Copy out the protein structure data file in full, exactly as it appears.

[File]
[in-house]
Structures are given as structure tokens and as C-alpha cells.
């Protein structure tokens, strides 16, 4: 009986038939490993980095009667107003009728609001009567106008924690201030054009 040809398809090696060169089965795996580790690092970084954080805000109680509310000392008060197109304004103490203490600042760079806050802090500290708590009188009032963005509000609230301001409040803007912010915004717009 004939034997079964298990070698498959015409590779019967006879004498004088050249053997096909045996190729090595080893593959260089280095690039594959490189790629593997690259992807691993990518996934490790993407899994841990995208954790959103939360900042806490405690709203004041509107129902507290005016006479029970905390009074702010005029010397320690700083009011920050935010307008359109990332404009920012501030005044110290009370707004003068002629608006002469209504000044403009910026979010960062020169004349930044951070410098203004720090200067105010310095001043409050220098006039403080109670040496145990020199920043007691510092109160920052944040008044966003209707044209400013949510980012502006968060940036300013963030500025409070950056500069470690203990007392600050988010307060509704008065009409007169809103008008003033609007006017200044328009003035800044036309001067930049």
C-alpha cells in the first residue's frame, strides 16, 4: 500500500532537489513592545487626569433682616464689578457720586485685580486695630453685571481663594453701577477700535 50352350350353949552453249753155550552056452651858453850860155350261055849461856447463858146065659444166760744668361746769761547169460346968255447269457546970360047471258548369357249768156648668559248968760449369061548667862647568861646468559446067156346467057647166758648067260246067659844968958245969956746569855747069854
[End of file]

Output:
[in-house]
Structures are given as structure tokens and as C-alpha cells.
């Protein structure tokens, strides 16, 4: 009986038939490993980095009667107003009728609001009567106008924690201030054009 040809398809090696060169089965795996580790690092970084954080805000109680509310000392008060197109304004103490203490600042760079806050802090500290708590009188009032963005509000609230301001409040803007912010915004717009 004939034997079964298990070698498959015409590779019967006879004498004088050249053997096909045996190729090595080893593959260089280095690039594959490189790629593997690259992807691993990518996934490790993407899994841990995208954790959103939360900042806490405690709203004041509107129902507290005016006479029970905390009074702010005029010397320690700083009011920050935010307008359109990332404009920012501030005044110290009370707004003068002629608006002469209504000044403009910026979010960062020169004349930044951070410098203004720090200067105010310095001043409050220098006039403080109670040496145990020199920043007691510092109160920052944040008044966003209707044209400013949510980012502006968060940036300013963030500025409070950056500069470690203990007392600050988010307060509704008065009409007169809103008008003033609007006017200044328009003035800044036309001067930049």
C-alpha cells in the first residue's frame, strides 16, 4: 500500500532537489513592545487626569433682616464689578457720586485685580486695630453685571481663594453701577477700535 50352350350353949552453249753155550552056452651858453850860155350261055849461856447463858146065659444166760744668361746769761547169460346968255447269457546970360047471258548369357249768156648668559248968760449369061548667862647568861646468559446067156346467057647166758648067260246067659844968958245969956746569855747069854